I read an interesting Op-Ed about education in today’s Washington Post, in which the author wrote the following: “The proper role of government is to ensure the provision of essential services, not always to provide those services itself.” Leaving aside the author’s particular perspective on K-12 education reform, I’m curious: How many people out there [...]
Tag Archives: school choice
It’s that time of year again: when parents across the country — but particularly parents in major American cities — prepare to schedule a flurry of open houses in a frantic search for the best school for their child.
It happened to me a year ago; between January and March I visited more than 20 schools in search of the best place for my 3-year-old. Even though I’ve been working in schools my whole adult life, it was a daunting, disorienting experience. I can only imagine what it feels like for parents who haven’t stepped foot in a school since their own high school graduation.
To help ease the anxiety of my fellow parents, here are a few essential rules of the road: three questions to ask, and three things to look for.
Earlier this week the DC Public Charter School Board released its latest rankings of every charter school operating in the nation’s capital. Some schools earned higher or lower scores than last year — each school is rated either Tier 1, 2 or 3 — but the majority did not change. No surprise there: these things take time, not to mention the fact that our system for evaluating whether a school is high- or low-performing remains imperfect at best.
It’s official. Barack Hussein Obama has been re-elected.
Won’t Back Down, the new Hollywood film about two mothers determined to take over their children’s failing inner city school, represents everything that’s wrong with the present way we talk about school reform – and everything we need to talk about more in the future. Continue reading . . .
Since last fall, I’ve been working on a new book about a year in the life of the DC public school system(s) — as seen primarily through two schools: one a brand-new charter school, the other a 90-year-old neighborhood school — so I was thrilled to hear that WAMU’s Kojo Nnamdi was dedicating a show [...]
Like most parents of a young child, I’m trying to decide which environment will be the best for my son when he enters a public school for the first time next fall. At nearly every open house my wife and I attend, cheerful administrators and educators tout the advantage of being a “participatory” school, and of “giving children the opportunity to learn and work in groups.” Send your child here, they tell us, and he’ll acquire a core set of democratic skills – from working collaboratively to acting empathetically – that will help him successfully negotiate our increasingly interconnected global community.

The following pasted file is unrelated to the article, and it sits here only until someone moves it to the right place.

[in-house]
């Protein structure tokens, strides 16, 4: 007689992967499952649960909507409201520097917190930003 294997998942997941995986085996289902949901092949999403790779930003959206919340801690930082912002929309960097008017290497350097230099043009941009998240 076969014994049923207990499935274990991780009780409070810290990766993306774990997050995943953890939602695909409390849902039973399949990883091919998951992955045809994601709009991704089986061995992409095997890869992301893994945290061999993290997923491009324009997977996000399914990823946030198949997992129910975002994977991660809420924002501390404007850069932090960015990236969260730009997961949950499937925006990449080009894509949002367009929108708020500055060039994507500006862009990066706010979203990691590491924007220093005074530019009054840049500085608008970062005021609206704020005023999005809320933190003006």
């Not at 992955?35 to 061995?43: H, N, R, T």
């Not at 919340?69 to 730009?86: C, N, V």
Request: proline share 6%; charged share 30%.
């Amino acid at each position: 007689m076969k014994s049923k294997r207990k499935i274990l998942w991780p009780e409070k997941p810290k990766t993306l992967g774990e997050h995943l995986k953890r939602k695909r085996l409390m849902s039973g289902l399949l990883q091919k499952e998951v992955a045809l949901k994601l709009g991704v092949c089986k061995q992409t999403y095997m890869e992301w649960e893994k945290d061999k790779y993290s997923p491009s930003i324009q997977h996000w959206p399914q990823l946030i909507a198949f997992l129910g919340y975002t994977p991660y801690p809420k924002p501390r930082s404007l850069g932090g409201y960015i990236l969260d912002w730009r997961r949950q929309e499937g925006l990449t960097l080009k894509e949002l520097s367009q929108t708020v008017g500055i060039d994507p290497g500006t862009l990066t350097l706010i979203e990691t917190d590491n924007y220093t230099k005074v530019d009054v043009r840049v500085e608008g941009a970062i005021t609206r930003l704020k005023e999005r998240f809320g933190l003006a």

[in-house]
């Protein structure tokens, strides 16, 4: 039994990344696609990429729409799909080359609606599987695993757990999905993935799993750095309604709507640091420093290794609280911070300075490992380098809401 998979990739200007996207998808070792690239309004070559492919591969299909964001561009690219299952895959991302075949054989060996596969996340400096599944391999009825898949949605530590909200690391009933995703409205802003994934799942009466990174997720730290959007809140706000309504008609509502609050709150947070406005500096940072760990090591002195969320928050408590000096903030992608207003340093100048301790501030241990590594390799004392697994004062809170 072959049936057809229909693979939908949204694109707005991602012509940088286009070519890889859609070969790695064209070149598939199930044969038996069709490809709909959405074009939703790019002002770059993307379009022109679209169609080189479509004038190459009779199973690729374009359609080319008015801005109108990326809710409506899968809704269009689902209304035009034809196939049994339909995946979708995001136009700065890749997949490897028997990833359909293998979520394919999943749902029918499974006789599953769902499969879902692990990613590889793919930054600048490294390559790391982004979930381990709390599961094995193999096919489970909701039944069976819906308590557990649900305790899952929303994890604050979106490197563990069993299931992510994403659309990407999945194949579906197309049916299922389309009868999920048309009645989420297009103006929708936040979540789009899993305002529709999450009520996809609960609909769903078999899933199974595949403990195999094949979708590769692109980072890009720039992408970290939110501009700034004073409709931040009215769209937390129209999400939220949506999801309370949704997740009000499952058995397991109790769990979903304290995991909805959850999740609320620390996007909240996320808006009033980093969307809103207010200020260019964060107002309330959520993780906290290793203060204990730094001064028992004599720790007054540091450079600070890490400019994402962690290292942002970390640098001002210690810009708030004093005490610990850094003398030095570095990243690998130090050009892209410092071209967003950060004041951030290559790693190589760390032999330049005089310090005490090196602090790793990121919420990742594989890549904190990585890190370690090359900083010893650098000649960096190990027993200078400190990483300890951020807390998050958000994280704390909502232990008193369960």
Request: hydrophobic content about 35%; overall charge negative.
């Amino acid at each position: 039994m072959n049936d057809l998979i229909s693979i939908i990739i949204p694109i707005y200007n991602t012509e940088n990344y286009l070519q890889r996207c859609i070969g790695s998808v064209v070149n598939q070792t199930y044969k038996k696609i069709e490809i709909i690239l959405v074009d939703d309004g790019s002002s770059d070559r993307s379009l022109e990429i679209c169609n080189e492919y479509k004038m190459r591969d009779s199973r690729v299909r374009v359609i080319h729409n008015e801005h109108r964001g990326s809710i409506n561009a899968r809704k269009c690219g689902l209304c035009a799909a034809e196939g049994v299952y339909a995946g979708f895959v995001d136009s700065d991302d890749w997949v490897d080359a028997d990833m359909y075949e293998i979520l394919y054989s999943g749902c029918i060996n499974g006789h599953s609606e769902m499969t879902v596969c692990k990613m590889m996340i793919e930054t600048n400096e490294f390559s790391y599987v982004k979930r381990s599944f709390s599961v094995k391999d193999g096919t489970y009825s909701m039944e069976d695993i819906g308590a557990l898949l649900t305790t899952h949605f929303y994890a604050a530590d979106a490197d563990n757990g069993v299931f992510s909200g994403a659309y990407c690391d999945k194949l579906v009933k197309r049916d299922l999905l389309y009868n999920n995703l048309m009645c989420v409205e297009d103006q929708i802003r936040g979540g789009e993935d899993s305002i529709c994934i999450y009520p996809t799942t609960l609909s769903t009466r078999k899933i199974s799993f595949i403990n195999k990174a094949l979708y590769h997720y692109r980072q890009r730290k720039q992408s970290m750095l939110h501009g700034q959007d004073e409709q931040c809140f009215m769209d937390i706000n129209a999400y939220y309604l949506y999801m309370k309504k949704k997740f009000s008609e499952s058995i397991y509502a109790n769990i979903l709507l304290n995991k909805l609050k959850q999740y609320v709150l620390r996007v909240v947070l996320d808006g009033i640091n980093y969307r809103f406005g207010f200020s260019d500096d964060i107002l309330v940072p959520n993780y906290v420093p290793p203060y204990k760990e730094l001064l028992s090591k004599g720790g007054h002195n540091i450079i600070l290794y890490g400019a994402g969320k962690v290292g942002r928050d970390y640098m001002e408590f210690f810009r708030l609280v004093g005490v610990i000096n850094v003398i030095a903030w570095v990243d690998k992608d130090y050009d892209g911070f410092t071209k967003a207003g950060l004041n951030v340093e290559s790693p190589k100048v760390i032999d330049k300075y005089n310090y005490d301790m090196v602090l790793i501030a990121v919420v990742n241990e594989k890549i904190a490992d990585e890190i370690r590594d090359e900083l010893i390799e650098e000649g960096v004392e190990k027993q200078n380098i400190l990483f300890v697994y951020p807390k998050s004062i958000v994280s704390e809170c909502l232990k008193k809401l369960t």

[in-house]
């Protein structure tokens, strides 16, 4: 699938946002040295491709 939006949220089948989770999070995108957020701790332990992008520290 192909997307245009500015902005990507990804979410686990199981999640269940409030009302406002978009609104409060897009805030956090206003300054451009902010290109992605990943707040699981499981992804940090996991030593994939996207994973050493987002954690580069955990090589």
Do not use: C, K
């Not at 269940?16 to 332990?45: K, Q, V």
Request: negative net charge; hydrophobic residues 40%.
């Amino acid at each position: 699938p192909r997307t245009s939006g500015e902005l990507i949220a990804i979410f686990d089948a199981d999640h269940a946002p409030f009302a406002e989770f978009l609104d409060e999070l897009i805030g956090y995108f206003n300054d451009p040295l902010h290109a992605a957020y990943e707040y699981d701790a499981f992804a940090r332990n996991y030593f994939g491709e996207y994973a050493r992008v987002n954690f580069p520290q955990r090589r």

Sounds great, I say – until I open my Sunday New York Times and read a cover story warning against the rise of a new type of groupthink. “Most of us now work in teams,” writes author Susan Cain, “in offices without walls, for managers who prize people skills above all. Lone geniuses are out. Collaboration is in. But there’s a problem with this view. Research strongly suggests that people are more creative when they enjoy privacy and freedom from interruption.”
Whom should we trust? Have we overvalued democratic skills like collaboration and shared decision-making to our own detriment? And, in the end, should our schools be more or less democratic?
In the halls of Congress and on the presidential campaign trail, a debate is raging over which set of economic proposals to pursue in order to rebuild the national economy. At the same time, K-12 education reformers are engaged in their own frantic search for the right recipe(s) that can unlock the full power of teaching and learning. But rarely do we acknowledge that one individual stands, improbably, at the center of both debates – John Maynard Keynes.
There’s a lot of talk these days about the growing support for a privatization of America’s public school system, and what it augurs over the long haul. Typically, that’s as far as the conversation gets before breaking down into myopic talking points that force people to pledge allegiance to one of two camps: these days [...]